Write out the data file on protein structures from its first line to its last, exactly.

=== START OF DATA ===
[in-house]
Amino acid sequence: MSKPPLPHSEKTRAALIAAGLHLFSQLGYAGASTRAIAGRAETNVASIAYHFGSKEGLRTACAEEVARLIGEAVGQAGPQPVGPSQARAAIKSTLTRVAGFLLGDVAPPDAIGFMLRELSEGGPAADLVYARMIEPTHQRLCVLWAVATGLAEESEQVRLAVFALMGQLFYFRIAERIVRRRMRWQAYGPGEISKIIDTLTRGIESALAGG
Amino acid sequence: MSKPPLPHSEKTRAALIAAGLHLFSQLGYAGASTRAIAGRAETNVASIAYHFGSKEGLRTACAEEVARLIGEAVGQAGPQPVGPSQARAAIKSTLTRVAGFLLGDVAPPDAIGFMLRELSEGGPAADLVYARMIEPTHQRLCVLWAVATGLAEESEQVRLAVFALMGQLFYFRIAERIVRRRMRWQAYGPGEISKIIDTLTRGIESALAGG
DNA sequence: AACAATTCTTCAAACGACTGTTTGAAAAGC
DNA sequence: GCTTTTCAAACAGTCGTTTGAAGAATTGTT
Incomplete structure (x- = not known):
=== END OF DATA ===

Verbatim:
[in-house]
Amino acid sequence: MSKPPLPHSEKTRAALIAAGLHLFSQLGYAGASTRAIAGRAETNVASIAYHFGSKEGLRTACAEEVARLIGEAVGQAGPQPVGPSQARAAIKSTLTRVAGFLLGDVAPPDAIGFMLRELSEGGPAADLVYARMIEPTHQRLCVLWAVATGLAEESEQVRLAVFALMGQLFYFRIAERIVRRRMRWQAYGPGEISKIIDTLTRGIESALAGG
Amino acid sequence: MSKPPLPHSEKTRAALIAAGLHLFSQLGYAGASTRAIAGRAETNVASIAYHFGSKEGLRTACAEEVARLIGEAVGQAGPQPVGPSQARAAIKSTLTRVAGFLLGDVAPPDAIGFMLRELSEGGPAADLVYARMIEPTHQRLCVLWAVATGLAEESEQVRLAVFALMGQLFYFRIAERIVRRRMRWQAYGPGEISKIIDTLTRGIESALAGG
DNA sequence: AACAATTCTTCAAACGACTGTTTGAAAAGC
DNA sequence: GCTTTTCAAACAGTCGTTTGAAGAATTGTT
Incomplete structure (x- = not known):